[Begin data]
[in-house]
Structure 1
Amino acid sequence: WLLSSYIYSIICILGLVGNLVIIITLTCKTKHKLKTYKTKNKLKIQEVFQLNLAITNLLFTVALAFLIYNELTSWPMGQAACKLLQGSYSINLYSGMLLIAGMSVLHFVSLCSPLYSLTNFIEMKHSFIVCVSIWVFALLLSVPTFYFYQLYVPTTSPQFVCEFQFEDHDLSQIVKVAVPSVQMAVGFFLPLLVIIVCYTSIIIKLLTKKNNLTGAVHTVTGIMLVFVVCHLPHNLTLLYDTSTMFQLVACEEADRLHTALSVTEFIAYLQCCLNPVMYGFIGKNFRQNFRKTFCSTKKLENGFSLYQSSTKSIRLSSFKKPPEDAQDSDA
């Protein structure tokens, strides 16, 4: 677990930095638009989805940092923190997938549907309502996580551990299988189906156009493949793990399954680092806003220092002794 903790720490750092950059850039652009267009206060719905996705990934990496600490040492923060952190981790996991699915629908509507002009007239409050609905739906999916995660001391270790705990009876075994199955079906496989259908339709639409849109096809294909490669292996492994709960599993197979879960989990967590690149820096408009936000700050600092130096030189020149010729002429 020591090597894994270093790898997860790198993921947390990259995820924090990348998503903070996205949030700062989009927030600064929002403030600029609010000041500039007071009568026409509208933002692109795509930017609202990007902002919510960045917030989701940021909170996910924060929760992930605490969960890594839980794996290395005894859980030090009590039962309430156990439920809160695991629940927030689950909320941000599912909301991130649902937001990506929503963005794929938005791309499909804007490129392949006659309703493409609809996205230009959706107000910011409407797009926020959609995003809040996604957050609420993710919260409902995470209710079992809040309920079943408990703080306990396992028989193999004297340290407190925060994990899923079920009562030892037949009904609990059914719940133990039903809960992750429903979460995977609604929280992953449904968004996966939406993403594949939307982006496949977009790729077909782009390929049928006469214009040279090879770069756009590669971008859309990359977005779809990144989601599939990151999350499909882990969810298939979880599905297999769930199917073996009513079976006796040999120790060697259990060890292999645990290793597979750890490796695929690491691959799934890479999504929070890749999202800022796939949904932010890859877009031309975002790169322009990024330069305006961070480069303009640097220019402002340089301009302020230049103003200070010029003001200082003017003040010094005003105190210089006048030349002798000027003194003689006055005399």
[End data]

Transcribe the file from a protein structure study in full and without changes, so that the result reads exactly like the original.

[in-house]
Structure 1
Amino acid sequence: WLLSSYIYSIICILGLVGNLVIIITLTCKTKHKLKTYKTKNKLKIQEVFQLNLAITNLLFTVALAFLIYNELTSWPMGQAACKLLQGSYSINLYSGMLLIAGMSVLHFVSLCSPLYSLTNFIEMKHSFIVCVSIWVFALLLSVPTFYFYQLYVPTTSPQFVCEFQFEDHDLSQIVKVAVPSVQMAVGFFLPLLVIIVCYTSIIIKLLTKKNNLTGAVHTVTGIMLVFVVCHLPHNLTLLYDTSTMFQLVACEEADRLHTALSVTEFIAYLQCCLNPVMYGFIGKNFRQNFRKTFCSTKKLENGFSLYQSSTKSIRLSSFKKPPEDAQDSDA
């Protein structure tokens, strides 16, 4: 677990930095638009989805940092923190997938549907309502996580551990299988189906156009493949793990399954680092806003220092002794 903790720490750092950059850039652009267009206060719905996705990934990496600490040492923060952190981790996991699915629908509507002009007239409050609905739906999916995660001391270790705990009876075994199955079906496989259908339709639409849109096809294909490669292996492994709960599993197979879960989990967590690149820096408009936000700050600092130096030189020149010729002429 020591090597894994270093790898997860790198993921947390990259995820924090990348998503903070996205949030700062989009927030600064929002403030600029609010000041500039007071009568026409509208933002692109795509930017609202990007902002919510960045917030989701940021909170996910924060929760992930605490969960890594839980794996290395005894859980030090009590039962309430156990439920809160695991629940927030689950909320941000599912909301991130649902937001990506929503963005794929938005791309499909804007490129392949006659309703493409609809996205230009959706107000910011409407797009926020959609995003809040996604957050609420993710919260409902995470209710079992809040309920079943408990703080306990396992028989193999004297340290407190925060994990899923079920009562030892037949009904609990059914719940133990039903809960992750429903979460995977609604929280992953449904968004996966939406993403594949939307982006496949977009790729077909782009390929049928006469214009040279090879770069756009590669971008859309990359977005779809990144989601599939990151999350499909882990969810298939979880599905297999769930199917073996009513079976006796040999120790060697259990060890292999645990290793597979750890490796695929690491691959799934890479999504929070890749999202800022796939949904932010890859877009031309975002790169322009990024330069305006961070480069303009640097220019402002340089301009302020230049103003200070010029003001200082003017003040010094005003105190210089006048030349002798000027003194003689006055005399």